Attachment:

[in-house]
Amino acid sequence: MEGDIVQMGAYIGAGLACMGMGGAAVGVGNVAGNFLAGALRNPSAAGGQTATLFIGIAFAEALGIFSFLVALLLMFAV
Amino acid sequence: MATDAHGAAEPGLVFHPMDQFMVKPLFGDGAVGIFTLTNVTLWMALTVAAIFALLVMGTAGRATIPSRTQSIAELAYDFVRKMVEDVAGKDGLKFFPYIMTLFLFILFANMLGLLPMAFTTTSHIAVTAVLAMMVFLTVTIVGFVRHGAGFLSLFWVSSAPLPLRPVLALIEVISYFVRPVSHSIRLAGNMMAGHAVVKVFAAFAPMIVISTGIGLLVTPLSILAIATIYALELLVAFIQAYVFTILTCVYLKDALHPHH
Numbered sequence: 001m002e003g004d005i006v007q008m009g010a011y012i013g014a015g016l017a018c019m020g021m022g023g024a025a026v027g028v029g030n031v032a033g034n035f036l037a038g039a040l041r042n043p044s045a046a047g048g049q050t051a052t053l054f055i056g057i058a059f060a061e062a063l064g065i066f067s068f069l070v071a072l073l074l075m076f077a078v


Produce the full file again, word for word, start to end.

[in-house]
Amino acid sequence: MEGDIVQMGAYIGAGLACMGMGGAAVGVGNVAGNFLAGALRNPSAAGGQTATLFIGIAFAEALGIFSFLVALLLMFAV
Amino acid sequence: MATDAHGAAEPGLVFHPMDQFMVKPLFGDGAVGIFTLTNVTLWMALTVAAIFALLVMGTAGRATIPSRTQSIAELAYDFVRKMVEDVAGKDGLKFFPYIMTLFLFILFANMLGLLPMAFTTTSHIAVTAVLAMMVFLTVTIVGFVRHGAGFLSLFWVSSAPLPLRPVLALIEVISYFVRPVSHSIRLAGNMMAGHAVVKVFAAFAPMIVISTGIGLLVTPLSILAIATIYALELLVAFIQAYVFTILTCVYLKDALHPHH
Numbered sequence: 001m002e003g004d005i006v007q008m009g010a011y012i013g014a015g016l017a018c019m020g021m022g023g024a025a026v027g028v029g030n031v032a033g034n035f036l037a038g039a040l041r042n043p044s045a046a047g048g049q050t051a052t053l054f055i056g057i058a059f060a061e062a063l064g065i066f067s068f069l070v071a072l073l074l075m076f077a078v